Nuts are wonderful sources of protein, complex carbohydrates, fiber, healthy fats, antioxidants, vitamins and minerals and there are some great nuts we can grow in the UK. They make tasty, ready-to-go snacks, are used in spreads, plant milks, cheeses and ice cream, and can be incorporated into both sweet and savoury dishes.
There are really three edible nuts you can grow in the UK: hazelnuts, walnuts and sweet chestnuts. Acorns and beechnuts are also edible but not really worth the effort as they are neither tasty nor particularly nutritious. Hazelnuts are the easiest to grow and the easiest to get a decent crop from all over the UK. Let’s take a look at them first…
Hazel trees are very hardy and will put up with all kinds of weather and are not that fussy about the soil. They like well drained soil, but soil that is high in nutrients can lead to too many leaves and not enough fruits. They are more of a bush than a tree and you can keep them pruned (in winter) to a size that suits your garden. They are self fertile but it is recommended that hazels are planted in a group so that the pollen from their late winter catkins can blow about and pollinate the female flowers. Hazelnuts are available for cropping in the autumn, best eaten young, and can be stored happily for some months. You can eat them raw, roast them, or bake them.
Hazelnuts contain protein, carbohydrates, fiber, antioxidants, vitamin E, thiamin, magnesium, copper, manganese, vitamin B6, folate, phosphorus, potassium and zinc. They are also high in omega-6 and omega-9 fatty acids and phenolic compounds which help decrease blood cholesterol and inflammation. To get the maximum nutritional value it is best to eat the whole nut raw. Most of the antioxidants are in the skin, so best not to remove it. Hazelnuts are highly nutritious and well suited to UK growing putting them top of the list of nuts you can grow in the UK.
Walnut trees like well drained, alkaline, deep soil in a sunny position. They will eventually grow tall (up to 30 m), so a large garden is required to consider one. Walnut trees are hardy, but fruits can be damaged by late frosts. As with hazels, walnuts can be self-fertile but it is you get a better crop if they are cross pollinated by other walnut trees in the vicinity. The nuts develop in a leathery case, which splits open in the autumn to reveal the walnut shell we are accustomed to seeing. The nuts need heat to ripen properly, so they tend to do better in the south of the country, however green walnuts can still be pickled. Usually walnuts are dried so they keep longer, but you can eat them fresh if you catch them at the right time.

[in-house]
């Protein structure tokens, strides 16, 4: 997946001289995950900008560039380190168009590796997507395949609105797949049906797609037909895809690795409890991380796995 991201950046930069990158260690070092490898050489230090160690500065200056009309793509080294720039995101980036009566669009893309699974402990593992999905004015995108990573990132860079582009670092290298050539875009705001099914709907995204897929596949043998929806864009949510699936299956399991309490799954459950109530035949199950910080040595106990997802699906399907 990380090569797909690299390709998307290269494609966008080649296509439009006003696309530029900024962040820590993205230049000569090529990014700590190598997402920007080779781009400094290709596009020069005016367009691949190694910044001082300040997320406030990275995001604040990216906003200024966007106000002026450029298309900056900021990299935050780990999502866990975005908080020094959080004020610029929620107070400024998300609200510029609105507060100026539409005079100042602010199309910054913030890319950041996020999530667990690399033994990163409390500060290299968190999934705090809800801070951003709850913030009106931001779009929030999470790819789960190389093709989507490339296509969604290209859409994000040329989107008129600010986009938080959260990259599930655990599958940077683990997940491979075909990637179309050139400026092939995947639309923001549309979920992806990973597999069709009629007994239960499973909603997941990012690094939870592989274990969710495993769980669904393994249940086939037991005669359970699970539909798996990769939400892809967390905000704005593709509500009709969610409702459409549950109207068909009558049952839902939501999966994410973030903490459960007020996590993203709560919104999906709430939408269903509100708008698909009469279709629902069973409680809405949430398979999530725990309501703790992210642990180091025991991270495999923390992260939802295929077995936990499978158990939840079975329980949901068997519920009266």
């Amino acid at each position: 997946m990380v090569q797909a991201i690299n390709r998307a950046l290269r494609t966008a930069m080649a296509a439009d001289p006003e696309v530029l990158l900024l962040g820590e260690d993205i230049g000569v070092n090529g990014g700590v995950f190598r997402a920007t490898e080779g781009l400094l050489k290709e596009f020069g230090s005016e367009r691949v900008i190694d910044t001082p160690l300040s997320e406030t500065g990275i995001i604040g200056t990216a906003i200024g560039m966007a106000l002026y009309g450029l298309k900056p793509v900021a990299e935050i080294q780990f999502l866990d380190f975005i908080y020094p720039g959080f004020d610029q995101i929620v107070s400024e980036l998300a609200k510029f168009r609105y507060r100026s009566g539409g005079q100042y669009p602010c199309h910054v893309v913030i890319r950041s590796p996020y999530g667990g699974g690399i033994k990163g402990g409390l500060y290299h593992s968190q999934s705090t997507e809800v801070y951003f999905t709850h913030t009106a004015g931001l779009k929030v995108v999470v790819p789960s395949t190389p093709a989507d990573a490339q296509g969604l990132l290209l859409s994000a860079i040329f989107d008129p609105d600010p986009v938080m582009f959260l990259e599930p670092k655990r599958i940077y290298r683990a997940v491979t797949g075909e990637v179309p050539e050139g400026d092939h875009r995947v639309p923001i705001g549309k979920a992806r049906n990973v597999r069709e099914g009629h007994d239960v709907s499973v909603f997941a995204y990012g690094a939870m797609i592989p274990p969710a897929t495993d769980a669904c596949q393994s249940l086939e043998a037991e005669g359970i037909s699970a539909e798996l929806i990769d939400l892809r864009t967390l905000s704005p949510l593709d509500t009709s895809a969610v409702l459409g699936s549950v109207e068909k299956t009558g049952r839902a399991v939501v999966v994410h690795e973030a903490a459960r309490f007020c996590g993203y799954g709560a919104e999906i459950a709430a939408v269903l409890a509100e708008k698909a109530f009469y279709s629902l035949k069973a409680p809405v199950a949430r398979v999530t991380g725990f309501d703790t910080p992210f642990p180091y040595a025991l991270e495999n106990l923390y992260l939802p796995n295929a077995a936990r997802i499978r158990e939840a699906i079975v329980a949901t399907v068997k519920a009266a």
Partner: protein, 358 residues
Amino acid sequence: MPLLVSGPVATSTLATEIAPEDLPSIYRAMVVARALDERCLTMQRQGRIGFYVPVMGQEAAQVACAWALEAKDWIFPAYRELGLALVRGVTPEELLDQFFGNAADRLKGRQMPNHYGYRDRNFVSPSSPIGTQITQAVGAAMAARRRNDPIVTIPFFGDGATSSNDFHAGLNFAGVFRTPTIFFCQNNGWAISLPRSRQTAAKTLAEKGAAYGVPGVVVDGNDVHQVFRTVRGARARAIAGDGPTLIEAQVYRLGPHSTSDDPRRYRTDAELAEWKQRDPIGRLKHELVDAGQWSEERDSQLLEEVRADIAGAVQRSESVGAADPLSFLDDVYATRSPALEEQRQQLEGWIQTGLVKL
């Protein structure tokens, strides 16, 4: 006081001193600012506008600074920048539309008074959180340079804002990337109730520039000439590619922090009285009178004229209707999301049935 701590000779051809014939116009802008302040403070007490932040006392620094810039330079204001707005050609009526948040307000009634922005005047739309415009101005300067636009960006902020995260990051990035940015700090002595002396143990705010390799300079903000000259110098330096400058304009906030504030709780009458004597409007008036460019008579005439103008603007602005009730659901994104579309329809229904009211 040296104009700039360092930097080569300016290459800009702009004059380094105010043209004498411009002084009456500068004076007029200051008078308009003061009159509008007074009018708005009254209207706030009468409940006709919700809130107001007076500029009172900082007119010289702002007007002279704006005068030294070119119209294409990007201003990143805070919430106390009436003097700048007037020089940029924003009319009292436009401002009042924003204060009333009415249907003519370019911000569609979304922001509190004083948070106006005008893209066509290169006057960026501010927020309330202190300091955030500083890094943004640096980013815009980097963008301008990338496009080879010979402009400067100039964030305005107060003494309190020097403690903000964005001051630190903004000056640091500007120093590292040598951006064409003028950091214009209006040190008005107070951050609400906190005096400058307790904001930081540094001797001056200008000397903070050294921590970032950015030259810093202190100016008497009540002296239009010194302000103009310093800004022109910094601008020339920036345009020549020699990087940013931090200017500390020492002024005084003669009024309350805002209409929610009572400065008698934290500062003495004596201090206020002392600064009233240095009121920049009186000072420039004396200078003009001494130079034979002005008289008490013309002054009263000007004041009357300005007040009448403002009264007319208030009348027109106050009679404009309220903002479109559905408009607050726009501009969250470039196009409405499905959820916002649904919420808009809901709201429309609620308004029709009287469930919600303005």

Walnuts are extremely good for you, containing healthy fats, fiber, vitamins and minerals. They have the highest levels of antioxidants of all common nuts due to the vitamin E, melatonin and polyphenols in their skins. Walnuts are an excellent source of alpha-linolenic acid, an important essential omega 3 fatty acid that is anti inflammatory and beneficial to the cardiovascular system.
Sweet chestnuts like well drained, fertile, deep soil and lots of sun. Like, walnut trees, sweet chestnut trees eventually become large, up to 35 m in height and 2 m in width, though it will take many years. They can live as much as 700 years. Long male and female catkins appear on the same tree around June and July and the female flowers develop into spiky green balls which contain the nuts. The nuts drop from the trees in the autumn when they are ripe and then you can collect them. Some varieties of sweet chestnut are self fertile (e.g. Regal, Marigoule), but it is always better to have other similar trees in the vicinity for cross pollination which greatly increases your chances of a decent crop. Sweet chestnuts can be eaten raw, but are most typically roasted, boiled or pickled.
Sweet chestnuts are great sources of vitamins and minerals such as vitamin E, vitamin C, vitamin B, manganese, molybdenum, cooper, magnesium, calcium, iron, and zinc. They are rich in fiber and mineral salts such as potassium and phosphorus. Sweet chestnuts are lower in fat and protein than other nuts. Consuming sweet chestnuts is a great way to boost your immune system.
It would be wonderful to hear from experienced nut tree growers. Which is your favourite to grow and eat? Any tips and information would be greatly appreciated.